A proposed bill that would allow a county board of education in Maryland to begin its fall practice for high school sports teams up to two weeks earlier than the date set by the Maryland Public Secondary Schools Athletic Association received unanimous support at a Washington County delegation meeting Wednesday.
Representatives of the Washington County Board of Education asked for the bill because they believe that high schools in neighboring Pennsylvania and West Virginia have an advantage because fall season sports practice starts earlier in those states.
Justin Hartings, president of the Washington County Board of Education, said at the delegation meeting Wednesday that the school board had been hearing from coaches concerned about the safety of students.
“What we are concerned about is whether students have enough time with their coaches with their preseason practice before they actually get to the first day of competition,” he said.
Under current MPSSAA guidelines, the first fall sports practice day is set as the sixth Saturday following the first full week of July, and teams have up to 20 practice days prior to its first regular-season contest.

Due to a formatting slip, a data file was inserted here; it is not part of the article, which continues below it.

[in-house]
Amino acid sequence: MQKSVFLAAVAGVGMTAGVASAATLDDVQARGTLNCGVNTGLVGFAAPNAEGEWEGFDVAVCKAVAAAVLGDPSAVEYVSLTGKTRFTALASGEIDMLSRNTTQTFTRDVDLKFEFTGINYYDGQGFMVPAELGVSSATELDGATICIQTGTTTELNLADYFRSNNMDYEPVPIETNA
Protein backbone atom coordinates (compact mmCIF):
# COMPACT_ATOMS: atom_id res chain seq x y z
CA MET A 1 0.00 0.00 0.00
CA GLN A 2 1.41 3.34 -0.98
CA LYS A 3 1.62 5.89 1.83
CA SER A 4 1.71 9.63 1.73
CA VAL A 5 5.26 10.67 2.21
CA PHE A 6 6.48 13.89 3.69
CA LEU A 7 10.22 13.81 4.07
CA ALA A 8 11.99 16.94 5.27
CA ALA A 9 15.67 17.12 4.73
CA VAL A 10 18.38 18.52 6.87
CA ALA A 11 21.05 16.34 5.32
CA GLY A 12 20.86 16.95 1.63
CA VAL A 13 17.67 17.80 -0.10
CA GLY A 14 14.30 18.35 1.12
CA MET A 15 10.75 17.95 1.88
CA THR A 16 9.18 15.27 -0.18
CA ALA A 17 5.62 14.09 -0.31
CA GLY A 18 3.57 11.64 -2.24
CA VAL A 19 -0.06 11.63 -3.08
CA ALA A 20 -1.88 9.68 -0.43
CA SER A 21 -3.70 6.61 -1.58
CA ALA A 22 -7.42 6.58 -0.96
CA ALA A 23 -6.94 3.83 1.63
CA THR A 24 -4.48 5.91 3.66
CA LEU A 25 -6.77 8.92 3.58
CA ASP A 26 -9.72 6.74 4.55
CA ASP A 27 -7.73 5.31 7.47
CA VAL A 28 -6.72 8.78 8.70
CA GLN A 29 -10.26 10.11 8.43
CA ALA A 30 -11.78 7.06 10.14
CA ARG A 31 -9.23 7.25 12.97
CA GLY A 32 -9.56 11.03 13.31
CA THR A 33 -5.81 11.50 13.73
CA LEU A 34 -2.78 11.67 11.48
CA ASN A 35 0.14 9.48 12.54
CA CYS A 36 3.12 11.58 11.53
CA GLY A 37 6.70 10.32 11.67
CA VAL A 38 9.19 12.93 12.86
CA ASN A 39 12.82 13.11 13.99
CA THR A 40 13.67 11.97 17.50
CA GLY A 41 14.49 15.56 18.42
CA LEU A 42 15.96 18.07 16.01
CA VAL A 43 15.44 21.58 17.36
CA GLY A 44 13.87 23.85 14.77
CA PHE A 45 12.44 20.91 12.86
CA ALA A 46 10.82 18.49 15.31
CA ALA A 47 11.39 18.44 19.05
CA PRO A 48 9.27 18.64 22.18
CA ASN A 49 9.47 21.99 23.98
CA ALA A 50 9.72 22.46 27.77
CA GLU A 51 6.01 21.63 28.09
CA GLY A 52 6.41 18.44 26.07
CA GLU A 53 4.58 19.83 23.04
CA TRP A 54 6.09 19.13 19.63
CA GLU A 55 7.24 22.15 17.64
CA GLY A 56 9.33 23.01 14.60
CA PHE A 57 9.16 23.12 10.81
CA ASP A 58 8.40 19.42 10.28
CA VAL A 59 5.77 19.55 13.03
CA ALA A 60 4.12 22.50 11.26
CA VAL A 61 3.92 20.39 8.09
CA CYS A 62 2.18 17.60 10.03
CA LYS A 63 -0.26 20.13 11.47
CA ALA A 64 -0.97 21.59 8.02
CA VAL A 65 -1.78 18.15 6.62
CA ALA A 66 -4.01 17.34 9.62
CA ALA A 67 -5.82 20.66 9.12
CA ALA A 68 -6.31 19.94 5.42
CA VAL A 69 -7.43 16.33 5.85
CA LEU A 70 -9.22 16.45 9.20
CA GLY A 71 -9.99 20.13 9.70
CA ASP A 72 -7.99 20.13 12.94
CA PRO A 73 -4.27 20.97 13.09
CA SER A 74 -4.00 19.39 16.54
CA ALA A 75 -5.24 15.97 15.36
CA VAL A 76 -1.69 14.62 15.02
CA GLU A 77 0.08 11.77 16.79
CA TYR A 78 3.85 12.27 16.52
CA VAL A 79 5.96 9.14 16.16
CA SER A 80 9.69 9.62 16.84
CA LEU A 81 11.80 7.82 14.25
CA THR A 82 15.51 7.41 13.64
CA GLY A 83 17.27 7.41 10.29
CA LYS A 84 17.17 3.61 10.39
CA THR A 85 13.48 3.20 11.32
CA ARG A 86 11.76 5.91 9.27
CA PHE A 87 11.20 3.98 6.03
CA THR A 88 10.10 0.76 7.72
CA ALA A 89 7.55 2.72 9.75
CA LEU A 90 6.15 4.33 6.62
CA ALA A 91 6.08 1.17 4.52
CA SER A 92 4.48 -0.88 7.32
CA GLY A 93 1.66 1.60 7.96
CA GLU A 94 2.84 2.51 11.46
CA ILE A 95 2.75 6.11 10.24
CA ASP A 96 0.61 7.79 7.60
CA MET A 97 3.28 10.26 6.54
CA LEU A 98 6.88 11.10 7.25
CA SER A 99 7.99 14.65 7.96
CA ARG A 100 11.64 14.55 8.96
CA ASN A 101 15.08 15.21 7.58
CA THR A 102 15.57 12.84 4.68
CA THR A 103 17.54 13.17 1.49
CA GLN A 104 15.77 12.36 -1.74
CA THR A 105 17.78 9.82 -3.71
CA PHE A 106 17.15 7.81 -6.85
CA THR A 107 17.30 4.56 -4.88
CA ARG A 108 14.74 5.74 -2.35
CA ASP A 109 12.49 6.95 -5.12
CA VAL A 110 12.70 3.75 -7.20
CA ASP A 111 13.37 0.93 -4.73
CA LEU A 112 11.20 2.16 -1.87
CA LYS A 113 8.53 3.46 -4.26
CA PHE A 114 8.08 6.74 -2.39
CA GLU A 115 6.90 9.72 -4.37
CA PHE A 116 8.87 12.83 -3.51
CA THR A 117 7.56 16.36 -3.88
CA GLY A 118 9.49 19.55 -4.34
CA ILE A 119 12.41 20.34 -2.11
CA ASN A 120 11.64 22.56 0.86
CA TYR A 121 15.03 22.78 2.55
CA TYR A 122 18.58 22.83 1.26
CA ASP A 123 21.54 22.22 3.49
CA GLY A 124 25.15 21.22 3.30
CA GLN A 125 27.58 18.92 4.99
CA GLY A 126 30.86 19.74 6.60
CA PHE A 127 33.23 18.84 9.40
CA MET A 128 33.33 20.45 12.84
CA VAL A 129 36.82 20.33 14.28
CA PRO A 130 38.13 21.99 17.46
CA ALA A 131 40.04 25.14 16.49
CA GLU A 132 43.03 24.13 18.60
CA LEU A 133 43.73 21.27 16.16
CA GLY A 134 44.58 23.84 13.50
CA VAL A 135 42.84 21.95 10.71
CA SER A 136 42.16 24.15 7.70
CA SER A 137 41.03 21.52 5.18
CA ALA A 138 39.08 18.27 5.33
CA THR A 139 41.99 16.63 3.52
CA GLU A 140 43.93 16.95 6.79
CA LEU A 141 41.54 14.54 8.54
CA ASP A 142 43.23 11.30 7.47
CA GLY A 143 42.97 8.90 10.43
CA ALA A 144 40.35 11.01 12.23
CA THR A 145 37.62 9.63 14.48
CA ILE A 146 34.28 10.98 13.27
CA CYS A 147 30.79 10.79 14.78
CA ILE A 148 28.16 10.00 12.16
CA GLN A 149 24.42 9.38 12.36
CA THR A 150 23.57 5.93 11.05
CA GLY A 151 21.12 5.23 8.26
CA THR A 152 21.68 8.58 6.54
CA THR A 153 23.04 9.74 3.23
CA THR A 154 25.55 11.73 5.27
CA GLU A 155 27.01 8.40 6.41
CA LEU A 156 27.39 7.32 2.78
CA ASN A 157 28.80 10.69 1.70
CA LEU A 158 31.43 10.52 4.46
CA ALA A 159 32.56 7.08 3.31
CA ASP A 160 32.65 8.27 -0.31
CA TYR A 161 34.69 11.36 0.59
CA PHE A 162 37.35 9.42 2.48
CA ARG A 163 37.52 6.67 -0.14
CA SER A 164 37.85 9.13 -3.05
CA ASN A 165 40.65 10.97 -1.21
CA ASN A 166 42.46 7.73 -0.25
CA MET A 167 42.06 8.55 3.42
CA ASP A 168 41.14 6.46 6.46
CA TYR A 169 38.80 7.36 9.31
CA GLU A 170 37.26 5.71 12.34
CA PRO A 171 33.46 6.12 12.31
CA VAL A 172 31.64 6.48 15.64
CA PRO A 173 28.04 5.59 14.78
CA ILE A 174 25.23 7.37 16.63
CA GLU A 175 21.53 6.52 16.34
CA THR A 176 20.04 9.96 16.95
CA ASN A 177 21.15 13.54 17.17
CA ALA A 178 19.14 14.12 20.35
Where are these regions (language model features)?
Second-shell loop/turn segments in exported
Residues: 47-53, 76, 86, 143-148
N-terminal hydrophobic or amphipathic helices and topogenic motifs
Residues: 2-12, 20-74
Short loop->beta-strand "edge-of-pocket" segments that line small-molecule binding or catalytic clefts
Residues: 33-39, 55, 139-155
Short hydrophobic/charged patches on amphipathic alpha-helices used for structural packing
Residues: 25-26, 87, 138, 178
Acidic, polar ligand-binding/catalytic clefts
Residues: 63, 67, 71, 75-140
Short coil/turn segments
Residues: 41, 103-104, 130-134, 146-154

A state heat-acclimatization law enacted last year now delays full-contact football practice until the sixth day of practice, according to a previous Herald-Mail article.
Hartings said at the meeting, which was also attended by Washington County Superintendent of Public Schools Clayton Wilcox, that coaches are worried whether players have been trained enough when it comes to playing out-of-state teams earlier in the season.
Another concern, Hartings said, is that there are a lot more sports teams in schools trying to schedule practice as compared to 20 or 30 years ago when regulations regarding practices were written. That means it is much harder to get time for practice, he said.
If the bill were to become law, county boards of education would have a choice on whether to begin the fall sports season earlier in their county.
“It is a safety issue, it is not a competitive advantage issue,” said Del. Andrew A. Serafini, R-Washington, and the chairman of the Washington County delegation.
“In this day and age is it a bad thing to have kids in organized, structured, supervised school-related sports a little earlier?” said Serafini, who was a lineman on the football team when he was at North Hagerstown High School.